I wouldn't call Jazz melodies 'conformist' in the political in any way. In fact, the birth of the jazz age was heralded with as much "what's wrong with these kids today" sort of attitude as the birth of Rock and Roll.
Now, from a theory standpoint, the two are sometimes difficult to seperate as they are not mutually exclusive. Both are commonly played in swing time, both make extensive use of polytonality, and both often share forms.
Early jazz is based on vi ii V I progressions but usually with a lot of secondary dominants making it more like V/ii V/V V I. Early blues does this also, but more commonly as part of a 12-bar form.
While we are on the subject, 12 bar form is the staple for blues, but NOT the only form by far! In fact, early blues was a lot more open than modern blues and you would see 12-bar 8-bar, 16-bar, formless progressions, and many other ideas. Some regidly with domintant 7th chords throughout, some with substitutions and secondary dominants.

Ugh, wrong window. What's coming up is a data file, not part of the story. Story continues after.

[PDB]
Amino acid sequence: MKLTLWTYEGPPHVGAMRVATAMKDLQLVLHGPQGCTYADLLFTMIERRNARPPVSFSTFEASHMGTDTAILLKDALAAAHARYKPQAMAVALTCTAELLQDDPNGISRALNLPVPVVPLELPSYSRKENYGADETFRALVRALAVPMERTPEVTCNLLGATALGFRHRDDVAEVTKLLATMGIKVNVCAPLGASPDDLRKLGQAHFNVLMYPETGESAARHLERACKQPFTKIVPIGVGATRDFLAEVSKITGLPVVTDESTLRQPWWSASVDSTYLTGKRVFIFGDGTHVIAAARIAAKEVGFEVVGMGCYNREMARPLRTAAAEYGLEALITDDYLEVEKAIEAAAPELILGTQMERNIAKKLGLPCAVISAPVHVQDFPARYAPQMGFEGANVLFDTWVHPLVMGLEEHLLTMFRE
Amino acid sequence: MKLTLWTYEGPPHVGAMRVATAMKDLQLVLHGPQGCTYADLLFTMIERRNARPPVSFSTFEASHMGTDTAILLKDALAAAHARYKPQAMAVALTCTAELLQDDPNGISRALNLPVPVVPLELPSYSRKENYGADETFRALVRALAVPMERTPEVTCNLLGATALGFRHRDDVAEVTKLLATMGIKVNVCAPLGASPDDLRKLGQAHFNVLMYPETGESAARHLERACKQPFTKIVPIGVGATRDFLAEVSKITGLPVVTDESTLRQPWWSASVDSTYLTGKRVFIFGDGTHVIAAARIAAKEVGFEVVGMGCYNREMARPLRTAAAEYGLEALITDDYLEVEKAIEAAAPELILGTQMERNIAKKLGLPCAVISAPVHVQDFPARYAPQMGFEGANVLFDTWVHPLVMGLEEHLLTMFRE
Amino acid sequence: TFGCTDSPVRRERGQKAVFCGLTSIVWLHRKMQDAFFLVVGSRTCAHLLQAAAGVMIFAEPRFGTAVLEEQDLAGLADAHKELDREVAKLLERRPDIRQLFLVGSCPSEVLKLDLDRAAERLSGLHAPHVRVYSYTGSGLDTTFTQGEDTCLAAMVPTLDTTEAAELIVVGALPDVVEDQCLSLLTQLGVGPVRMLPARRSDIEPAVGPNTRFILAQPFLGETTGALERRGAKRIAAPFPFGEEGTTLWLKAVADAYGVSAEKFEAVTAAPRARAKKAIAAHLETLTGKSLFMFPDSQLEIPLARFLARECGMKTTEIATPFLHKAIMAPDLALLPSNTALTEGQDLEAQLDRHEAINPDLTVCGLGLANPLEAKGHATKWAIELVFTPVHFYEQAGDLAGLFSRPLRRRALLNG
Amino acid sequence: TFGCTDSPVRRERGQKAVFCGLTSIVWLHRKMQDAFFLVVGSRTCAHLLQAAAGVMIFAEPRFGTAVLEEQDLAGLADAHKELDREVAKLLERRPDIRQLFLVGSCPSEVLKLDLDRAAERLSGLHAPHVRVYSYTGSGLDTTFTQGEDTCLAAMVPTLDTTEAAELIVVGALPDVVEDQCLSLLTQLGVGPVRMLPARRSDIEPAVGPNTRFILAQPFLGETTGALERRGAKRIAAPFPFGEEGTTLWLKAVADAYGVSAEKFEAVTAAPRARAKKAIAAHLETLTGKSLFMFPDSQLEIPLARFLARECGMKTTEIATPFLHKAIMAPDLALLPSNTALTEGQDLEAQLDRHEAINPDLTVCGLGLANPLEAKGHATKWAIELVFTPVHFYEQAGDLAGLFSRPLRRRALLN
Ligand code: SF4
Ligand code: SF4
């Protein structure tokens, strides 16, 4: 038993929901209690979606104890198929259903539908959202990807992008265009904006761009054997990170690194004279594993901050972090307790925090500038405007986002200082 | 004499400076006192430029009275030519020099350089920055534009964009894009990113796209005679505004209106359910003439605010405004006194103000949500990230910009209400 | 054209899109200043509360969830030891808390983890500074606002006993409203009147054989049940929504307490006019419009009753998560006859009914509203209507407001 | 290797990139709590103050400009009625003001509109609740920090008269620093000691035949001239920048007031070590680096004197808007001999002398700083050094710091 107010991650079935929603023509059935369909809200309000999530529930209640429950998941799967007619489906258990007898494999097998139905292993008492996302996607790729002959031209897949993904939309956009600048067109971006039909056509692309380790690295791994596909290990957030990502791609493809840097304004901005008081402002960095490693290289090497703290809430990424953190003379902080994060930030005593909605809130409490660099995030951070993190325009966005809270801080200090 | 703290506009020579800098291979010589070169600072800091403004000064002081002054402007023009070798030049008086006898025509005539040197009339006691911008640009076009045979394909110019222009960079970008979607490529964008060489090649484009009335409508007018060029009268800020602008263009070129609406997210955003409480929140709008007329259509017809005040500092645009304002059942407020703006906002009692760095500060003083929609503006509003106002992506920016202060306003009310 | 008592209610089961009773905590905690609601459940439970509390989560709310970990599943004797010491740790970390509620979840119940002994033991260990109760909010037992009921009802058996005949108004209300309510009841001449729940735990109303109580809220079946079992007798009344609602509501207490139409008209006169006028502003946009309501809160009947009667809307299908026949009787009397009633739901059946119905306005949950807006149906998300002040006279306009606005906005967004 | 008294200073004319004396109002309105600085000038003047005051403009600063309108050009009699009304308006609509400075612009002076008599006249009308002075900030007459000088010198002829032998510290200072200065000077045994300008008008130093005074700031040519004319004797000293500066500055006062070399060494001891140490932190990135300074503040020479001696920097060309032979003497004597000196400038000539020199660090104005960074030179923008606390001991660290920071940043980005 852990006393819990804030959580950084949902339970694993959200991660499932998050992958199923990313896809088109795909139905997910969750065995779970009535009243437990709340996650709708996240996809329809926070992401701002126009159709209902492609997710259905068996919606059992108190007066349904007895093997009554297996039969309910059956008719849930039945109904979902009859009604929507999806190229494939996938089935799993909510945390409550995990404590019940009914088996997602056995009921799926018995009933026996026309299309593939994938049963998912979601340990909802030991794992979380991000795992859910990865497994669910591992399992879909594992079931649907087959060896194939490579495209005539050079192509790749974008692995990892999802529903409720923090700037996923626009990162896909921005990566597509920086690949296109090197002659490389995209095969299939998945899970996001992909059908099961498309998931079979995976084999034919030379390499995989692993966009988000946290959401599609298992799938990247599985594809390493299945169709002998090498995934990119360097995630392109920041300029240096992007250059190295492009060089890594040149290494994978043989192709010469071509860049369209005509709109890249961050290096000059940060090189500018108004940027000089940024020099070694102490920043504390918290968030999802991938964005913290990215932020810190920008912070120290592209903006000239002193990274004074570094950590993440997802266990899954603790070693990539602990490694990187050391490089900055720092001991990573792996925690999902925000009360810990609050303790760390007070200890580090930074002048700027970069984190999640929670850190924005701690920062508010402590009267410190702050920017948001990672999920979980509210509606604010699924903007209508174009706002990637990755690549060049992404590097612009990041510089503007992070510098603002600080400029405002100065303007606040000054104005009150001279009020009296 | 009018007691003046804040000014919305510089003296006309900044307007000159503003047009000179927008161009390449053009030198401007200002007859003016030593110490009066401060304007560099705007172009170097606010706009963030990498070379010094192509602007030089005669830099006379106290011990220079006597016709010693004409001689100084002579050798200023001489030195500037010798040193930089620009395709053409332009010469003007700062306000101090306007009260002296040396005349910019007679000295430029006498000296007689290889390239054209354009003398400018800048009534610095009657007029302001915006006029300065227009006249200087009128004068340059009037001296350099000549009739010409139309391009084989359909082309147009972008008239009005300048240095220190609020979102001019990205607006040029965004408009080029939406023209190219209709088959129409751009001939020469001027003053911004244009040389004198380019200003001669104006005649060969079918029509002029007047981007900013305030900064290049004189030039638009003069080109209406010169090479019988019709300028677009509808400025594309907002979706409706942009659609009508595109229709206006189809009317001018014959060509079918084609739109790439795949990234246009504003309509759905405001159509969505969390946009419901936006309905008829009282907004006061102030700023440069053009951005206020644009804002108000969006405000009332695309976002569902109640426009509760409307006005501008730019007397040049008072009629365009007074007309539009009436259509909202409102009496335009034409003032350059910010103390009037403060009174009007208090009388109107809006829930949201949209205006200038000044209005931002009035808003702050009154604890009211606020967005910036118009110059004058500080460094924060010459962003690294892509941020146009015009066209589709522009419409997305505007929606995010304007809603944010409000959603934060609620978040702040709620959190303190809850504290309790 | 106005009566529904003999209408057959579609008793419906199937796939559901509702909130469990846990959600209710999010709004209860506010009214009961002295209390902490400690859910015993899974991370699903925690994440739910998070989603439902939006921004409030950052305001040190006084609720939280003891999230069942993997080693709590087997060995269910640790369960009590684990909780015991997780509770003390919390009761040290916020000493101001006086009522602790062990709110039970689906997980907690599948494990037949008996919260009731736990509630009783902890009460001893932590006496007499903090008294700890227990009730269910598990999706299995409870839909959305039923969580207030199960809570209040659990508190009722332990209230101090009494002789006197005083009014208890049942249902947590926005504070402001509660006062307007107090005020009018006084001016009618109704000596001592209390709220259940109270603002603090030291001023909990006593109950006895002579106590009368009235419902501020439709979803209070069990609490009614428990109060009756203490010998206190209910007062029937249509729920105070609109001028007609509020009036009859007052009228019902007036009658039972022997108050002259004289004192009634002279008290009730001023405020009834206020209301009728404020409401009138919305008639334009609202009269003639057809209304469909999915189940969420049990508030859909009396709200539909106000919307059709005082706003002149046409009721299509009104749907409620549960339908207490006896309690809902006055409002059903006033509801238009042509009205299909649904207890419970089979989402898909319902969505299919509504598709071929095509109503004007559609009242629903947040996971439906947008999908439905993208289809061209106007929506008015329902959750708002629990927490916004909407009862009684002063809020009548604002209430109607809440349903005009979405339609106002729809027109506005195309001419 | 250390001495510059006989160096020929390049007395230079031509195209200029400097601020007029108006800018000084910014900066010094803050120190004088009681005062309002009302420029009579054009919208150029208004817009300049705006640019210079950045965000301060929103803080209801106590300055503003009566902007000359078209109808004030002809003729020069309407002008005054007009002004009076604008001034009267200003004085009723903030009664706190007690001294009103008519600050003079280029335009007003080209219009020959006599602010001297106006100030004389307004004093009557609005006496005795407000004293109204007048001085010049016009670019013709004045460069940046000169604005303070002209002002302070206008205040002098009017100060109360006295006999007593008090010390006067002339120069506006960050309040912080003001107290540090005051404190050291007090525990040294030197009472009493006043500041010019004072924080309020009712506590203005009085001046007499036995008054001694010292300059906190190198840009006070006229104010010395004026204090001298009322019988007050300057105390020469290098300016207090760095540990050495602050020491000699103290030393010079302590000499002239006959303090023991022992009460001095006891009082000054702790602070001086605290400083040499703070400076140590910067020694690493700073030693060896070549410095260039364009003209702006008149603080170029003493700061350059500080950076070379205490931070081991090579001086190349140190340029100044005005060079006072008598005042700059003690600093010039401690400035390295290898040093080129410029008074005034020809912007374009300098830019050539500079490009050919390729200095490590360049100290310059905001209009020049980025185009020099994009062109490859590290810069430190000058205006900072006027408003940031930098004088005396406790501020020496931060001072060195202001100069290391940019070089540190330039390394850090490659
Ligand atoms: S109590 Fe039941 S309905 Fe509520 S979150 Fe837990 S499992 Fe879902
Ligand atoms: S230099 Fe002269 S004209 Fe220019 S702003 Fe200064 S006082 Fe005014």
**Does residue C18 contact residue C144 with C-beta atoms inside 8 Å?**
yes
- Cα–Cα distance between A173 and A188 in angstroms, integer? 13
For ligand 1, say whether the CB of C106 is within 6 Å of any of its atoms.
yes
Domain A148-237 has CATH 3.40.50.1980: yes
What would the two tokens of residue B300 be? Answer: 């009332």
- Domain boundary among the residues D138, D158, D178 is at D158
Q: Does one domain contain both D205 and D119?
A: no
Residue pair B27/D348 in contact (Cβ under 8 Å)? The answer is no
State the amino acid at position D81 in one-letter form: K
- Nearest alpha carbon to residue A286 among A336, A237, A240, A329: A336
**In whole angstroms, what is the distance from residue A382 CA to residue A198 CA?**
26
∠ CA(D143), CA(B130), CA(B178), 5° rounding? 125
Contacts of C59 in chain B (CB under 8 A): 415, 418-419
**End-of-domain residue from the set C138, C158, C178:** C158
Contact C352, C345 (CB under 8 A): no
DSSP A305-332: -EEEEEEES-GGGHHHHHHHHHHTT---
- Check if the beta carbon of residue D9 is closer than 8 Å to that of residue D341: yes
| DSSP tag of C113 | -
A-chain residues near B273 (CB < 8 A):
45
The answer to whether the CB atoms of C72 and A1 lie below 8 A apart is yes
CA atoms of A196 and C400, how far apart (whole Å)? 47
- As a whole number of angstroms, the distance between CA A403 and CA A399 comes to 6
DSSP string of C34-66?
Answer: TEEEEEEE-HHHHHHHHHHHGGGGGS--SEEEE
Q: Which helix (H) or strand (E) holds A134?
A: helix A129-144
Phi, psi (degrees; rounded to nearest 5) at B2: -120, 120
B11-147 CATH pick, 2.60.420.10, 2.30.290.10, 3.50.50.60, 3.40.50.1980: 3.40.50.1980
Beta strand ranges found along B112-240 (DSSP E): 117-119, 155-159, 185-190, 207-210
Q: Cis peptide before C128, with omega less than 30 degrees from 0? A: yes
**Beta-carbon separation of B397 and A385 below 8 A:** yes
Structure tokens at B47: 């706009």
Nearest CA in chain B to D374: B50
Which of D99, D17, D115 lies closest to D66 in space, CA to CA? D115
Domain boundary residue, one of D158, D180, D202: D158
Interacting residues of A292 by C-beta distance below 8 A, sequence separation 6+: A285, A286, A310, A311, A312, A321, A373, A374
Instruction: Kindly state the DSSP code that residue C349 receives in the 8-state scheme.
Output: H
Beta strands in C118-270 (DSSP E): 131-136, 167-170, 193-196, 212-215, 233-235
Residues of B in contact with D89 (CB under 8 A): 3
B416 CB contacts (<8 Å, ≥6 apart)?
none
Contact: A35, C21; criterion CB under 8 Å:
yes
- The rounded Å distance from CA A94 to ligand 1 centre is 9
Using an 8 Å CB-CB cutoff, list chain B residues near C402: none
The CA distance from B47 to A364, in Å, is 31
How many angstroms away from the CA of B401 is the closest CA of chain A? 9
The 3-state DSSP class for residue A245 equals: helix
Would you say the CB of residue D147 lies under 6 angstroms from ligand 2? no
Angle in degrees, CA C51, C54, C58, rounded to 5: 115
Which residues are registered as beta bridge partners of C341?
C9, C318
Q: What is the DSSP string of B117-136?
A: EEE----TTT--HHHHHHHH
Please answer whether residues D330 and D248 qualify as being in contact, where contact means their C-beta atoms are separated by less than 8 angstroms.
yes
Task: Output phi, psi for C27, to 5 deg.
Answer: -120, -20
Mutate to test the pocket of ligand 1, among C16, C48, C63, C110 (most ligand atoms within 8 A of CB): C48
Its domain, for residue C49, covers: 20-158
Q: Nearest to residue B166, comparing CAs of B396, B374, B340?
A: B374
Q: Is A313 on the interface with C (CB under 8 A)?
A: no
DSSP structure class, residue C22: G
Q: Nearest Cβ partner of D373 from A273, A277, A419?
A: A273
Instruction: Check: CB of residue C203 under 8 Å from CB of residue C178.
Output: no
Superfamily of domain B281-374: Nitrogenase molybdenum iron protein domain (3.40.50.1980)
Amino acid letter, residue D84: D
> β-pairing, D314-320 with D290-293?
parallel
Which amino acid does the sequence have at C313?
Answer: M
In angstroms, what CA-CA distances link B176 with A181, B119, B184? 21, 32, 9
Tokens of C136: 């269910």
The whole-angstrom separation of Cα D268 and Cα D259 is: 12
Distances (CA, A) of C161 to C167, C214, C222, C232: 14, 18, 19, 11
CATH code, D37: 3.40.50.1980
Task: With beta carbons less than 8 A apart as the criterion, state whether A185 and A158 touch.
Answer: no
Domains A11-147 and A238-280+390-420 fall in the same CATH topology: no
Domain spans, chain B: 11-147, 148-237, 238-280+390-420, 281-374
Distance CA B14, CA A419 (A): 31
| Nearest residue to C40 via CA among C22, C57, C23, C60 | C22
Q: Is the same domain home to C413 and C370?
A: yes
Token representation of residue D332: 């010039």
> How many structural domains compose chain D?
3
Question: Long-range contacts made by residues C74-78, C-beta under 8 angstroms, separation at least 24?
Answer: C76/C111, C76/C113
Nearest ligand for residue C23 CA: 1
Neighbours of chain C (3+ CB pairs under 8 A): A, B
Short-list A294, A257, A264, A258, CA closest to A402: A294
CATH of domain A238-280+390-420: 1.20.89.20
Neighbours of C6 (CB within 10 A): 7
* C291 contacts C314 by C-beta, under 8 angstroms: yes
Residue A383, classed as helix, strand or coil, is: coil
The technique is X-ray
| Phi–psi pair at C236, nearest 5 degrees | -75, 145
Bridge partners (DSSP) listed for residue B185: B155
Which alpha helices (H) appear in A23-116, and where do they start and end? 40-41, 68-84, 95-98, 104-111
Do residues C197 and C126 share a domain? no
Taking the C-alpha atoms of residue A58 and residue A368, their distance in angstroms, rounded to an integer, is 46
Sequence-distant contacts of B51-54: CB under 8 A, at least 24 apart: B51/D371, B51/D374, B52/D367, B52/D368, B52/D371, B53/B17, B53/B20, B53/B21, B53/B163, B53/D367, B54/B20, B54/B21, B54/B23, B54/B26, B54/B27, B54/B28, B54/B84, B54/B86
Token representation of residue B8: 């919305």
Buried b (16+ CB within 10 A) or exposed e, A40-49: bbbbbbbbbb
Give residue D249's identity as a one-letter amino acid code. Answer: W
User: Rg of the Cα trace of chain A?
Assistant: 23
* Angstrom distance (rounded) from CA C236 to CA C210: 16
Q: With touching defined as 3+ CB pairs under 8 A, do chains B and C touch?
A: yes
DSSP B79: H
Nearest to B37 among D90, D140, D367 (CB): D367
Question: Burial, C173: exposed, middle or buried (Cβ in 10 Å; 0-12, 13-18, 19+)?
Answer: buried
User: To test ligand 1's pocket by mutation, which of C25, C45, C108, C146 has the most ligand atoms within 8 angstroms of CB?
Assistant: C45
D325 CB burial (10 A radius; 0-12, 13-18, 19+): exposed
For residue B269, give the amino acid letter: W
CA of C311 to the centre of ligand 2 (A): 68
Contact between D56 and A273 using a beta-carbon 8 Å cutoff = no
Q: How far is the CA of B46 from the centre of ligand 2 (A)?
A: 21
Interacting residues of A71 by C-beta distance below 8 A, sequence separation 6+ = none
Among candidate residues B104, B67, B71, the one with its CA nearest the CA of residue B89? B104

Also interesting to note that the 12 bar form is common in jazz as well. One of the major differeneces is that even though they are both played in swing time (similar to 12/8 as an expression of unequal 8ths in 4/4) blues falls more on the down beat and jazz not so much.
Melodically, jazz improvisation tries to steer away from the tonic and even away from triad chord tones where blues tends to use the tonic and 'blue' notes.
There are so many details that it is difficult to express them all.
The really short answer is that blues comes from the heart and jazz from the head.
· 1 decade ago